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Renewable Energy for women

by Ruth Aine - 31 March 2014

Blog-Ren01One of my childhood joys was visiting my grandmother. Every time we visited, we ate and her food was always distinct. It still is. But one thing I loved about it then was the fact that it came laced with a 'firewood' flavor. Now, you must be wondering what kind of a flavour that is, but food cooked with firewood over traditional cooking stones, has that 'firewood flavor to it'. Today though, I would not want her to go through all that. Matter of fact, I don’t appreciate her cooking with firewood anymore. I would rather she used something else like cooking gas, because it is not harmful to her body.

The reality of this though is so instilled that it may not be easy. If your grandmother is as stubborn as mine then we will agree that change is one of those things that is hard to effect. Especially when you are trying to get someone to let go of something that they 'grew up doing'.

My grandmother is one of the many African women who is struggling with ill health and suffering from ailments they know nothing about because they are involved in cooking which is bad for their health. Most respiratory illnesses are caused by air pollution, and originates mainly from inhaling wood smoke. The African woman bears this burden.

Of the one billion people in the world living in poverty, 70% are the women. Gender mainstreaming in the renewable energy sector can therefore bring tangible socio-economic benefits to rural populations. Women and girls, however, spend most of their days performing basic subsistence tasks, including the time-consuming and physically draining task of collecting biomass fuels, which constrain them from accessing decent wage employment. In the end they are victims of the energy divide.

There is still a vast dependence on fossil fuels in Africa. Excessive burning of fuels comes with a price on the environment because of the large amounts of carbon dioxide released into the atmosphere. Air pollution arising from using fuelwood unsustainably is still a familiar sight on the continent. This is because the majority of people using it do not have any alternatives.

Cooking from biomass is particularly detrimental to the health of women and children. Of the estimated two million annual deaths attributed to indoor air pollution generated by fuels such as coal, wood, charcoal and dung, 85% are women and children, who eventually die from cancer, acute respiratory infections and lung disease [WHO & UNDP, 2009.]

This is why we have got to consider alternatives to help the women and children in our societies.

Women ought to be represented in the boardrooms where policies relating to renewable energy and gender are discussed. Nigeria has Mrs. Diezani Alison-Madueke as the Minister of Petroleum Resources. Every once in a while she speaks on behalf of the women in her jurisdiction, but more needs to be done. Countries are also taking on the mandate seriously. For example, Uganda established strategies in its Renewable Energy Policy to ensure that women play an important role.  Zambia revised its National Energy Policy with a promise to provide more gender-balanced development in the energy sector. An audit carried out in Botswana revealed that the National Energy Policy was formulated without the involvement of women. The government then moved on to address gender equity, at least in its energy supply policies. [ENERGIA 20O7]. This is proof of progress being made.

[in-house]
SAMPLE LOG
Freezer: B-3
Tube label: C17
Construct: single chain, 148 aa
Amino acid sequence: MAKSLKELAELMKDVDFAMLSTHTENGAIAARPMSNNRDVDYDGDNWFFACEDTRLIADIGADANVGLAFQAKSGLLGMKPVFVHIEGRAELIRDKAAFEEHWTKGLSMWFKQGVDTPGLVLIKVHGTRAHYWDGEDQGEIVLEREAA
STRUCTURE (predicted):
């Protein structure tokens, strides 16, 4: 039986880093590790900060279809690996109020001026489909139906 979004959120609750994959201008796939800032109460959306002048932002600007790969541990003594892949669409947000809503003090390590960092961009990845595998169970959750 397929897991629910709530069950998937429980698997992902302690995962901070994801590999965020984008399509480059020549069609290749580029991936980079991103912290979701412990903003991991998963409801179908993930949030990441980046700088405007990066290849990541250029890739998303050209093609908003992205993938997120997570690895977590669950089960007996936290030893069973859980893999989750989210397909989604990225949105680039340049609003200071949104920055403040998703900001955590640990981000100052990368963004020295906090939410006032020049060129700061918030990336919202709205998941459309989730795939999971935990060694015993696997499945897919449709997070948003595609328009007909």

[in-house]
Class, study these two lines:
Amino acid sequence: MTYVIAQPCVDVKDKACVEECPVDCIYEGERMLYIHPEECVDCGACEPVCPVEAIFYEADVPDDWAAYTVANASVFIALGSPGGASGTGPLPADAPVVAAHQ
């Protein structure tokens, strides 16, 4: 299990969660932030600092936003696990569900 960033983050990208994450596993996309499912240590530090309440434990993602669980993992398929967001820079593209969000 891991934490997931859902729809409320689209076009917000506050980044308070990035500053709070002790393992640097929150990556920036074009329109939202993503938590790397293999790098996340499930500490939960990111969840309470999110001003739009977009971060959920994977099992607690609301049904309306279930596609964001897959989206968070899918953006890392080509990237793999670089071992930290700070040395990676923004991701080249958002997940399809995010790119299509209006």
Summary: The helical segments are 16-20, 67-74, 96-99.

Society needs to take care of the women as well. Once in a while when I pass by mama mboga [the lady from whom I buy fresh supplies of vegetables], we have a chat about what is going on. And I realize that we have a lot in common. Telling her to avoid fossil fuels is one conversation we have had, but as with many other issues, there will be an outcry for finances for the transition to happen. Still, the more I buy from her, the more I add to her economic growth. Hopefully one day she will be able to afford cooking gas and a solar lantern, rather than use a kerosene lamp and firewood.

Economic independence is one thing that is crucial for African rural woman. They need to be empowered to earn a living in order to be advocates for a clean and healthy lifestyle. Solar Sister is one such company involved in this. Based in Nigeria, Uganda and Tanzania, the company gives rural women an economic opportunity. Women are given solar lanterns in a supply chain, which they in turn sell to their peers while earning something for themselves. Using the Avon distribution system, the women become bosses and also create sustainable businesses.

Access to modern and reliable energy services remains essential for sustainable human development, economic growth, higher quality of life, and better delivery of education and health services. Access to energy is essential in reducing poverty. In the absence of energy services, the African rural women will continue to resort to using traditional biomass sources such as wood, charcoal, dung, and waste materials for cooking and heating. This needs to end.


Ruth Aine Tindyebwa
Blogger/Online Communications

Read her personal blog; IN DEPTH which is at www.ruthaine.com

Read more about the author and her view on being a futurist.



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